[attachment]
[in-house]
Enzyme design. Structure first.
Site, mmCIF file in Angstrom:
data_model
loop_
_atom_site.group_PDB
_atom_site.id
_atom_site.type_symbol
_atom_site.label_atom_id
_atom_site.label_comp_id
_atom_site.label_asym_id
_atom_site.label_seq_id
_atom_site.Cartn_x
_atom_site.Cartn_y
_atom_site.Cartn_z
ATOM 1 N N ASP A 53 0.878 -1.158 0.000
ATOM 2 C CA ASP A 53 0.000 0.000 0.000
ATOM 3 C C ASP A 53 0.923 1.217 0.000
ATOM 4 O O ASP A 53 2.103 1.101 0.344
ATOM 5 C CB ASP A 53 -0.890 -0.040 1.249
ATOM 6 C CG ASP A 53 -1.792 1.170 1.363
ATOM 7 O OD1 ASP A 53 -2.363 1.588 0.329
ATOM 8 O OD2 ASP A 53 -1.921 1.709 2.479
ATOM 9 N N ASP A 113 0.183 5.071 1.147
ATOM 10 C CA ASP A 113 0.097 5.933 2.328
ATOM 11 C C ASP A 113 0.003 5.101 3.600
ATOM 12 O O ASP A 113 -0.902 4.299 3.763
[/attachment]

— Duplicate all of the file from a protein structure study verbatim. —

[in-house]
Enzyme design. Structure first.
Site, mmCIF file in Angstrom:
data_model
loop_
_atom_site.group_PDB
_atom_site.id
_atom_site.type_symbol
_atom_site.label_atom_id
_atom_site.label_comp_id
_atom_site.label_asym_id
_atom_site.label_seq_id
_atom_site.Cartn_x
_atom_site.Cartn_y
_atom_site.Cartn_z
ATOM 1 N N ASP A 53 0.878 -1.158 0.000
ATOM 2 C CA ASP A 53 0.000 0.000 0.000
ATOM 3 C C ASP A 53 0.923 1.217 0.000
ATOM 4 O O ASP A 53 2.103 1.101 0.344
ATOM 5 C CB ASP A 53 -0.890 -0.040 1.249
ATOM 6 C CG ASP A 53 -1.792 1.170 1.363
ATOM 7 O OD1 ASP A 53 -2.363 1.588 0.329
ATOM 8 O OD2 ASP A 53 -1.921 1.709 2.479
ATOM 9 N N ASP A 113 0.183 5.071 1.147
ATOM 10 C CA ASP A 113 0.097 5.933 2.328
ATOM 11 C C ASP A 113 0.003 5.101 3.600
ATOM 12 O O ASP A 113 -0.902 4.299 3.763